I need suggestions for a 3-4 ft rhodie..a bright yellow..any suggestions? Photos would be great
'Hotei'. Not what I would call a bright yellow, but definitely a true yellow.
As implied by the cultivar name.
You live in an ideal area for yellow rhododendrons. They do not do well in cold climates or hot/moist climates. There are a few that vary in color intensity from creamy yellow to vivid yellow. Here is a list from Greer Gardens in Eugene, Oregon:
ChikorÂ 18", 0F, EM, 4-5/4. A fine, true yellow dwarf rhododendron from Peter Cox. The intricate, twiggy stems make this plant appear like a tree in miniature. Winter weather brings a bronze-red coloration to the foliage that contrasts well with accompanying winter greens. A well drained location and good light exposure are a must.
'Cream Crest' 3Â, 0oF, EM, 3/3-4. Compact in habit, likes the sun, has good foliage, is hardy and vigorous, and has alluring, bright, creamy yellow flowers.
ÂCurlewÂ 18", -5oF, EM, 4-5/4-5. Peter CoxÂs yellow dwarf rhododendron. Large, beautiful, bright yellow flowers bounce amid tiny shamrock green leaves. Fertilize sparingly.
ÂHong KongÂ Â, -20oF, ML, 3/3. Glossy green leaves cover this well branched, broad growing, hardy plant. The bright primrose-yellow flowers have a greenish-yellow blotch. A very popular plant!
R. Luteum 4Â, -15oF, M-L, 3-4/3. A deciduous shrub with an open, upright habit. The oblong leaves to 5" long are sparsely covered on both sides with stiff, flat hairs. The delightful, fragrant, 2" yellow flowers open before the leaves. These tubular-shaped blooms are extremely sticky on the outside and are carried in trusses of up to 12 blooms. Very, very nice.
ÂPatty BeeÂ 18", -10oF, EM, 5/4-5. A compact plant heavily clothed with inch long, fir green leaves. In winter the foliage turns a delightful maroon red. When spring arrives, even very young plants will be covered with masses of bright lemon yellow. The flowers are quite large for the plant. ItÂs a vigorous plant that grows well!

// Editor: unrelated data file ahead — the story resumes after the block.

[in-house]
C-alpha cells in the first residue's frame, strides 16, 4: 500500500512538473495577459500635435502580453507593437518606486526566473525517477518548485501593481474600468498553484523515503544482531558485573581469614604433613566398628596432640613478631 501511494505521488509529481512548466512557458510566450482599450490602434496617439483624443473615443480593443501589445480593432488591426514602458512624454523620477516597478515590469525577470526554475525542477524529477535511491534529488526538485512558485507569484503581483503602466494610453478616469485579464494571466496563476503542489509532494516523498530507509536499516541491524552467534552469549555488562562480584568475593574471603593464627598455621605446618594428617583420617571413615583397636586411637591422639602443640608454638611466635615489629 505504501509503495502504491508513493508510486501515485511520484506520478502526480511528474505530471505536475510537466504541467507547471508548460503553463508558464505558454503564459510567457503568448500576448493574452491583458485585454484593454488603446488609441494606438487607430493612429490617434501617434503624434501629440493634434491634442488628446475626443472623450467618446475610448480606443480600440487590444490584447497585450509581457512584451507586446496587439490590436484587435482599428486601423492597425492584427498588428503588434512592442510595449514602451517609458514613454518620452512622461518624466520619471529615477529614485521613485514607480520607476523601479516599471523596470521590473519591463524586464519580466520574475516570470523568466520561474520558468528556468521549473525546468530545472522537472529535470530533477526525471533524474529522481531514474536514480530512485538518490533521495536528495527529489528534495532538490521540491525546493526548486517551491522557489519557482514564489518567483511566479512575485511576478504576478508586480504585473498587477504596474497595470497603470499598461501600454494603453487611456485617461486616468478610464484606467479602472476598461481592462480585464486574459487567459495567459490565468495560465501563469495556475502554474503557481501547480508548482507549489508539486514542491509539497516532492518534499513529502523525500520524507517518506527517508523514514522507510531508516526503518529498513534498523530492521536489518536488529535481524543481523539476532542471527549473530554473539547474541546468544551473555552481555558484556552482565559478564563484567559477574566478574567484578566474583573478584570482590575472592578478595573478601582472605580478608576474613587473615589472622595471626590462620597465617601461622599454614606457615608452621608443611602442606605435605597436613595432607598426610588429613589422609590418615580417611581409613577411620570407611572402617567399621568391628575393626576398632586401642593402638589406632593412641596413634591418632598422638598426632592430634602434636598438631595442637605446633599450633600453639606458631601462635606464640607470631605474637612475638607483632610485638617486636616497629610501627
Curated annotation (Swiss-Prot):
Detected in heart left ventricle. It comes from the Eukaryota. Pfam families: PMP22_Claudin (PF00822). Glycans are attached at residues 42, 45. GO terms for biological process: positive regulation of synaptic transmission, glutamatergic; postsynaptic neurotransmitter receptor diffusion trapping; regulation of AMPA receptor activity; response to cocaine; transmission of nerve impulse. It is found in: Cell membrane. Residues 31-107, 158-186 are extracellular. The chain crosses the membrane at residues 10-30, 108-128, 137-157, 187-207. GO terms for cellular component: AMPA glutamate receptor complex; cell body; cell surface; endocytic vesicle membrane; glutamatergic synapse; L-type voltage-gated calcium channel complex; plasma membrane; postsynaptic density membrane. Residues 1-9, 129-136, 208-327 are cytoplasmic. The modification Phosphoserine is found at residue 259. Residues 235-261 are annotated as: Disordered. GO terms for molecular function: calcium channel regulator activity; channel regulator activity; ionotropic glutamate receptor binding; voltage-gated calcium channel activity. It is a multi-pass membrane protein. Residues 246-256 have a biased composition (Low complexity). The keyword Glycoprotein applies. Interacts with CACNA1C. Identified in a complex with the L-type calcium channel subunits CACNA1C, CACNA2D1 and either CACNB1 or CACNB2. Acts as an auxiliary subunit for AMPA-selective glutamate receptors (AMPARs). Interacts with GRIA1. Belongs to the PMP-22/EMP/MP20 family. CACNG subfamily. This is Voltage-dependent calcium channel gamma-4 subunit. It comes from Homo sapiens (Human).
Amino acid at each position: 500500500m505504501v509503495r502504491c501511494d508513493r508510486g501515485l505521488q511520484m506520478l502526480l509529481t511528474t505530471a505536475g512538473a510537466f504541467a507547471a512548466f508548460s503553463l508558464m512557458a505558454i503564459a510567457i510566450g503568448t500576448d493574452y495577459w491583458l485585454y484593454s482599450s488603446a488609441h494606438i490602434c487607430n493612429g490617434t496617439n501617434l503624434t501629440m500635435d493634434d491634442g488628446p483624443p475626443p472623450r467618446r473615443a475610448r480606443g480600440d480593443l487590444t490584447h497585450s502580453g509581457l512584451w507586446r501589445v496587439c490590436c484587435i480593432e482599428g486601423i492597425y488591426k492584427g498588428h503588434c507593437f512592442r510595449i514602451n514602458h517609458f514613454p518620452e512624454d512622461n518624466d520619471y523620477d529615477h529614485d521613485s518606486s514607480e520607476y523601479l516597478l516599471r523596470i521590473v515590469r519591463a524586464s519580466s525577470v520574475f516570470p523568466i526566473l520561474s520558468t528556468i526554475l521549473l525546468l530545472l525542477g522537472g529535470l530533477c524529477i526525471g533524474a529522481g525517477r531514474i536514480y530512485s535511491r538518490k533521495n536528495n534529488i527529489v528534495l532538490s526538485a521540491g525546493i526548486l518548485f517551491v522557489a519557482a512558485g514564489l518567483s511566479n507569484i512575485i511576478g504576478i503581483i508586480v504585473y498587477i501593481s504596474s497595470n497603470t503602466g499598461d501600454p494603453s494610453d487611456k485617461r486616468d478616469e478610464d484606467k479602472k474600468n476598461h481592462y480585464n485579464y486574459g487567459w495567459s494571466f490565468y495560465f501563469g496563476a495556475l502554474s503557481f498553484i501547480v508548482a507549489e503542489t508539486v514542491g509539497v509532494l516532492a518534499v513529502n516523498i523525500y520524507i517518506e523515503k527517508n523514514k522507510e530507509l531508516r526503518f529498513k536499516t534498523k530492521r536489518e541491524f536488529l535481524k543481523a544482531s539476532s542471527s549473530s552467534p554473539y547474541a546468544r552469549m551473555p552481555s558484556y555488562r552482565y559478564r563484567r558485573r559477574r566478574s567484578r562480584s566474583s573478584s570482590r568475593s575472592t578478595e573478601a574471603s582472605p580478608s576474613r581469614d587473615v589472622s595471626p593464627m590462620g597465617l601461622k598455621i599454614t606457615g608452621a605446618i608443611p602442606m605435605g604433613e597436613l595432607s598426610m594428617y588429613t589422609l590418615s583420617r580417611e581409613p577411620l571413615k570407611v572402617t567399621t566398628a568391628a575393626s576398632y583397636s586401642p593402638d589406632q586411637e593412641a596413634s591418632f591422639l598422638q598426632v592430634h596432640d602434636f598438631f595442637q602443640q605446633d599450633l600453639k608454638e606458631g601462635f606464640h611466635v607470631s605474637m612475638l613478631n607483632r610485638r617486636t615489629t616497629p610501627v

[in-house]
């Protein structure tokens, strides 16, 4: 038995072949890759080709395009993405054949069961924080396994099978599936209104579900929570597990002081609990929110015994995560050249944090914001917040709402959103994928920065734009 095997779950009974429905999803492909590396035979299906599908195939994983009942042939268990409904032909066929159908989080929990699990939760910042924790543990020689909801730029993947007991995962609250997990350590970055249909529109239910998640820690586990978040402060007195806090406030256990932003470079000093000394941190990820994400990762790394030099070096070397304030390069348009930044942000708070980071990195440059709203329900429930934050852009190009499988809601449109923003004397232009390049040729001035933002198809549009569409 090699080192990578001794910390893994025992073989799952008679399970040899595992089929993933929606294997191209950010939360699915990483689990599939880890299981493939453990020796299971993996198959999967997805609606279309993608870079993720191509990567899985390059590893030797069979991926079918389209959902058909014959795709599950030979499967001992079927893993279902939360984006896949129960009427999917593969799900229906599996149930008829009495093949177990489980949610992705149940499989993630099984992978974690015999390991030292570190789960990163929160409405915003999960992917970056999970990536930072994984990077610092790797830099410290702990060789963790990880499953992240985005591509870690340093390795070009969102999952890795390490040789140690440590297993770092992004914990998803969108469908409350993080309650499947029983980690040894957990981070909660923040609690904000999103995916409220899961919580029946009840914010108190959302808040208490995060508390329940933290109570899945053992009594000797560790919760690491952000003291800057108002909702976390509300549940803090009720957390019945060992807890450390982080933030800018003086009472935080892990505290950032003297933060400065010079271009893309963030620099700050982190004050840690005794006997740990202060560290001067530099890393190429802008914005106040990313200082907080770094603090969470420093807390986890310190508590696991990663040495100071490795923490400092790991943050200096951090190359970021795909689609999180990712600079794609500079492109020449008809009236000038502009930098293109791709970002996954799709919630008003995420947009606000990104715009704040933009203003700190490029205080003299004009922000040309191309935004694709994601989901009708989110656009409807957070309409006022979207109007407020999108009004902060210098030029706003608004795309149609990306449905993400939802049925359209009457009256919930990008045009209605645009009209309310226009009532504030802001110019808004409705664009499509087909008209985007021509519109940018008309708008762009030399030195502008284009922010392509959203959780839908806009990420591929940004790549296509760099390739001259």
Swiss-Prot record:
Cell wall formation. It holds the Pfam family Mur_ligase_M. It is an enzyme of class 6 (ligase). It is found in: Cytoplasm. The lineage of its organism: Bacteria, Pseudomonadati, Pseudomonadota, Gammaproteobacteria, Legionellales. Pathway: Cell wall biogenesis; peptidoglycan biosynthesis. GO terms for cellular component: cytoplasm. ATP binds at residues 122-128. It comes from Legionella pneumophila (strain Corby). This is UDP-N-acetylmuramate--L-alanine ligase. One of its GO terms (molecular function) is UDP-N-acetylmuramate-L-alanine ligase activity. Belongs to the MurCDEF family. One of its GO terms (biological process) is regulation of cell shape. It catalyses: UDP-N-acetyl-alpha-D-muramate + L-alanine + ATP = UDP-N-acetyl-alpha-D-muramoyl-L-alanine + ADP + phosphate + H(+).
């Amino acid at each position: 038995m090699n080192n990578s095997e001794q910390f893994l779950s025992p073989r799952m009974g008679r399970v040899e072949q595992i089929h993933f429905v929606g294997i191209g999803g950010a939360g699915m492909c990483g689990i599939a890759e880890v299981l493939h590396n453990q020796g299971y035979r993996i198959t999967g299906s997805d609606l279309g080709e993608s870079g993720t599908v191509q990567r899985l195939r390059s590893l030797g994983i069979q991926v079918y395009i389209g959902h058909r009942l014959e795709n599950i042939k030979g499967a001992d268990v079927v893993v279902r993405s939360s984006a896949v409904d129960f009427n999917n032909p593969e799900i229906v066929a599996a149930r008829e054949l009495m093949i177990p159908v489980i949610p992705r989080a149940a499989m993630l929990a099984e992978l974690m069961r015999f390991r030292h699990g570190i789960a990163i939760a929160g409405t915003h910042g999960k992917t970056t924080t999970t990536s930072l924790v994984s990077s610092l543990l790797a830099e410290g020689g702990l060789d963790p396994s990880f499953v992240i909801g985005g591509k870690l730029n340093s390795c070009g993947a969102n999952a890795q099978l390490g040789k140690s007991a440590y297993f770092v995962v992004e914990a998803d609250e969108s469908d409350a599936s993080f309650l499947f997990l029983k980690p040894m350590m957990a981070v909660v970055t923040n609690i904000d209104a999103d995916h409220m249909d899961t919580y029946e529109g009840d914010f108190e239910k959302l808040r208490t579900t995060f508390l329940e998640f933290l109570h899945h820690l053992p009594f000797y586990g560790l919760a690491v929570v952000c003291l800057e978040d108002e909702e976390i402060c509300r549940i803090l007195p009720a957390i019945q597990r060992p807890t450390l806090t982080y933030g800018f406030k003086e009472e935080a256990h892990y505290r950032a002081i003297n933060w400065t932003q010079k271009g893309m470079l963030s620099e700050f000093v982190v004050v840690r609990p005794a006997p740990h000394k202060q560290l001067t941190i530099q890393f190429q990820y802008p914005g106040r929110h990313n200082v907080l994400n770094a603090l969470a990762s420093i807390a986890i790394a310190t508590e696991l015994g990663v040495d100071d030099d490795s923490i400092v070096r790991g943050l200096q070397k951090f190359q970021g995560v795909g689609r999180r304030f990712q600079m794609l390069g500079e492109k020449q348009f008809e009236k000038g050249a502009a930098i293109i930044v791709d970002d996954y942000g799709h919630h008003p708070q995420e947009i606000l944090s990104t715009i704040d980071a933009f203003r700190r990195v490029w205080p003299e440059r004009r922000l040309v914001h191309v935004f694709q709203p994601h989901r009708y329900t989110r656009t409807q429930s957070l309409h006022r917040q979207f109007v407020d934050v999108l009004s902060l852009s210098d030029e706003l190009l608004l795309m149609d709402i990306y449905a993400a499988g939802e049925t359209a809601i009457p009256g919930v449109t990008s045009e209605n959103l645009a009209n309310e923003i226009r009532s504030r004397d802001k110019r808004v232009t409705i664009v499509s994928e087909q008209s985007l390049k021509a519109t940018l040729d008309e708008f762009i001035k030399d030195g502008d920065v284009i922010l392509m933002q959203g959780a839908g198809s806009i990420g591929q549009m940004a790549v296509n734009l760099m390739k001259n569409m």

ÂPrincess AnneÂ 2Â, -10oF, EM, 4/4. It is a beautiful yellow with a slight greenish cast. It was registered by Reuthe in England and has just recently been introduced in the United States. Foliage turns various shades of bronze depending on the weather. Compact plant habit. A fantastic plant for both foliage and flower.
SunsprayÂ 6Â, -5oF, M, 5/3-4. Imagine a rhododendron with flowers even more yellow and larger than those of ÂCrestÂ, with better foliage, better habit, and you have ÂSunsprayÂ. The voluptuous trusses are such a pure and true yellow that they would put a lemon to shame. Lovely wide leaves 6" long fully clothe the branches, and they donÂt have the tendency to roll and droop in the winter the way ÂCrestÂ does.
ÂTow HeadÂ 1Â, -15oF, EM, 3/4. The flowers on this little beauty are a brilliant greenish yellow with orange-yellow spotting on the dorsal lobe. The plant is twice as wide as it is tall. A David Leach hybrid.
ÂUniqueÂ 4Â, -5oF, EM, 3/4-5. ÂUniqueÂ is unique! We really like its attractive, smooth, oblong leaves. They are so dense on the rounded plant that it becomes a thick mound of clover green. In the spring, the buds burst forth a bright pink which open to beautiful buttery cream flowers. Older plants become so covered with flowers that every leaf is hidden.
I'd also suggest 'Goldkrone" from Hachmann's nursery in Germany. Compact, relatively low growing plant with lots of bright, clear yellow flowers. Has done very well for me and is fully bud hardy to at least -5
I would suggest burmanicum which is bright sulphur yellow and in bloom in Northern California right now. It is a plant of small stature and delicate leaf form.
Please don't overlook the species rhododendrons, there are several yellow ones and also a couple scented ones.
Although beautiful and one of my favorites, Unique is definitely not yellow.
Burnamicum is a great species but has brown leaves, blooms very early when there is a high risk of getting frost bit, and is not very hardy, +15F.
Unique is cream colored as are many "yellows".
Goldkrone is a beautiful plant but needs protection from direct sun. Many nurseries will not sell it.
Evening Glow is agood choice,very heat tolerant.I grow it here in zone 6 without any problems.You can get it from greer gardens or if you like to grow them up like i do you can get it as a liner from Van Veen nursey. Joe
Evening Glow is a good Van Veen hybrid that needs some shade. I grew it for a while. On the south side of the house it developed lace bug and the only thing that was yellow was the leaves. Then moved it to the north side of the house and it died of winter damage. In zone 6 I would give it some shade and protect it from winter winds. You seldom see it grown on the East Coast.
A little Blurry.
I checked out my burmanicum again and it has green leaves except when they are new and then it is more of a bronzed effect than being brown. As far as hardiness, it has been into the low 20s and even into the teens since I have had my plant and I have never seen evidence of freezing. It snowed on 4/2 this year and still it appears in pristine condition.